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Basic information Name: Angers
     This is an OFFICIAL meteorite name.
Abbreviation: There is no official abbreviation for this meteorite.
Observed fall: Yes
Year fell: 1822
Country: France
Mass:help 1007 g
NHM Catalogue:  5th Edition  (2000)  L6
MetBase:  v. 7.1  (2006)  L6
Recommended:  L6    [explanation]

This is 1 of 12222 approved meteorites (plus 7 unapproved names) classified as L6.   [show all]
Search for other: L chondrites, L chondrites (type 4-7), Ordinary chondrites, and Ordinary chondrites (type 4-7)
Comments: Revised 2 Jan 2020: added fall info and mass
Writeup from MB online:
History (P.-M. Pelé, meteor-center.com) : On June 3, 1822, at 8:00-8:15 p.m., the inhabitants of Angers, we well as Loudun, Poitiers, and Saumur, observed a very bright meteor in the sky. A violent bang was heard, immediately followed by a few crackling sounds that lasted five or six seconds. A significant number of stones may have fallen, but only two of them were picked up. The smaller meteorite fell in a field belonging to the young ladies Gueffier, at a place called Le Chaumineau (in the rue de Brissac, in Angers, today). This stone weighed 77 g. A farmer was returning from the field on the other side of the road and he heard a hiss in the air and then saw a mass fall next to him. Moments before, everyone in the house had seen the meteor in the sky, seeming to come from the east, and which seemed to consist of three to four flaming objects. Scared, the farmer returned quickly home; it was not until the next day that he found the stone and picked it up. A letter written by the mayor of Angers mentions that the Chaumineau stone weighed 841 g and that the farmer remained the owner. Either it was a third stone of the fall or it was an error, because the stone we know from Chaumineau weighed only 77 g. The larger stone from the fall (re-weighed at 930 g in 1896), was collected in the garden of an innkeeper, at the Faubourg Gauvin, near Sainte-Thérèse church. A servant, watering the garden, heard the sound of a shooting. A rather large body fell within five paces of her and covered her with earth particles when it hit the ground.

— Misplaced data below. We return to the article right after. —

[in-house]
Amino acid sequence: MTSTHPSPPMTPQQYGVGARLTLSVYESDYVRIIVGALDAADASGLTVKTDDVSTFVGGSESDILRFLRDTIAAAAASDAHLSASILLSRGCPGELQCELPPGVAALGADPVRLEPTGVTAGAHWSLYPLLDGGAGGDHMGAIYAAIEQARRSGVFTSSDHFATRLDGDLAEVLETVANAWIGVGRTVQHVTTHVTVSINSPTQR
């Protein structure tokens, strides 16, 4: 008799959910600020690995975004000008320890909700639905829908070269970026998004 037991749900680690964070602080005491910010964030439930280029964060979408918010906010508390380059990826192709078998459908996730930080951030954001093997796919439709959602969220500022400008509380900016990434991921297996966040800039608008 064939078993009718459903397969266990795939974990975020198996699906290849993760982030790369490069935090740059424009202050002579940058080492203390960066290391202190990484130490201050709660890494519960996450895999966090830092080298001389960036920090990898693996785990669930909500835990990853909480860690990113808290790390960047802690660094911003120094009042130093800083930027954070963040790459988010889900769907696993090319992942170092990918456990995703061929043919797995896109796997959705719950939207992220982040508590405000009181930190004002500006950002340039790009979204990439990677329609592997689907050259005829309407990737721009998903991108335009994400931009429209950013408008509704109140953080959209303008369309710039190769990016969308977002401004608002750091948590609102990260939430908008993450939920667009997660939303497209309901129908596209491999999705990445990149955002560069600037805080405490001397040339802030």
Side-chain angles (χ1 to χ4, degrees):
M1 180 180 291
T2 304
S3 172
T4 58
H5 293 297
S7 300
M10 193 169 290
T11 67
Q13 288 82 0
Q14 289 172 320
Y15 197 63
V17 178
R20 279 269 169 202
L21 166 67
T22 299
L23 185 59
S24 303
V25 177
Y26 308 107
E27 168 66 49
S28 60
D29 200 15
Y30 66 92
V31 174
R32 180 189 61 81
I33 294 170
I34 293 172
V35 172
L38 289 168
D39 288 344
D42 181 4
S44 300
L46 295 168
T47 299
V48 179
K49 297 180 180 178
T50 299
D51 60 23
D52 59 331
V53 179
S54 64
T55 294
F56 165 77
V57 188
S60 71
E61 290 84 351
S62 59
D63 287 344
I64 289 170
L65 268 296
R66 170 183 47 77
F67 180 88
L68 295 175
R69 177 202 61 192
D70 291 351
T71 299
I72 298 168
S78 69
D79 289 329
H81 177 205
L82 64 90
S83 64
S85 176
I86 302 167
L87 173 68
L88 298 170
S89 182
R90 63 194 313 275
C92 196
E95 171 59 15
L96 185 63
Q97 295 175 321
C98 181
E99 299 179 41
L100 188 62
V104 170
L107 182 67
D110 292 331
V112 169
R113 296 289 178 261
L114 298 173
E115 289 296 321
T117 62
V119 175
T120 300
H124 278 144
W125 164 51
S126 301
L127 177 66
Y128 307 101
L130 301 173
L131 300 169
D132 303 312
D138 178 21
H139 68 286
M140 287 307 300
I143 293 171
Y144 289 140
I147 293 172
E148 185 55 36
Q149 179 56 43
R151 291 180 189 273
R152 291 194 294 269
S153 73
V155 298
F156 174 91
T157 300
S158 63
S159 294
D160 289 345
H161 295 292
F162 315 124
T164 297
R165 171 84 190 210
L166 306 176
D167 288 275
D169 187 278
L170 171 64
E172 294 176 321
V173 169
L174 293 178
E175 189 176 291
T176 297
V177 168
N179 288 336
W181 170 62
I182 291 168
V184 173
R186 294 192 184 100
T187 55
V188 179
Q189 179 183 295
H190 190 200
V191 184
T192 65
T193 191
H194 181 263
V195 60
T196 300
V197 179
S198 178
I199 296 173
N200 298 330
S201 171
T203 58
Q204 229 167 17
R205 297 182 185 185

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References: Never published in the Meteoritical Bulletin
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Photos from the Encyclopedia of Meteorites:
Br. Guy Consolmagno, Vatican collection   

     Catalogue of Meteorites:   (47° 28'N, 0° 33'W)
     Recommended::   (47° 28'N, 0° 33'W)

Strewnfield: Click here to view 2 members

     This is 1 of 4 approved meteorites from Pays de la Loire, France
     This is 1 of 77 approved meteorites from France (plus 12 unapproved names) (plus 1 impact crater)
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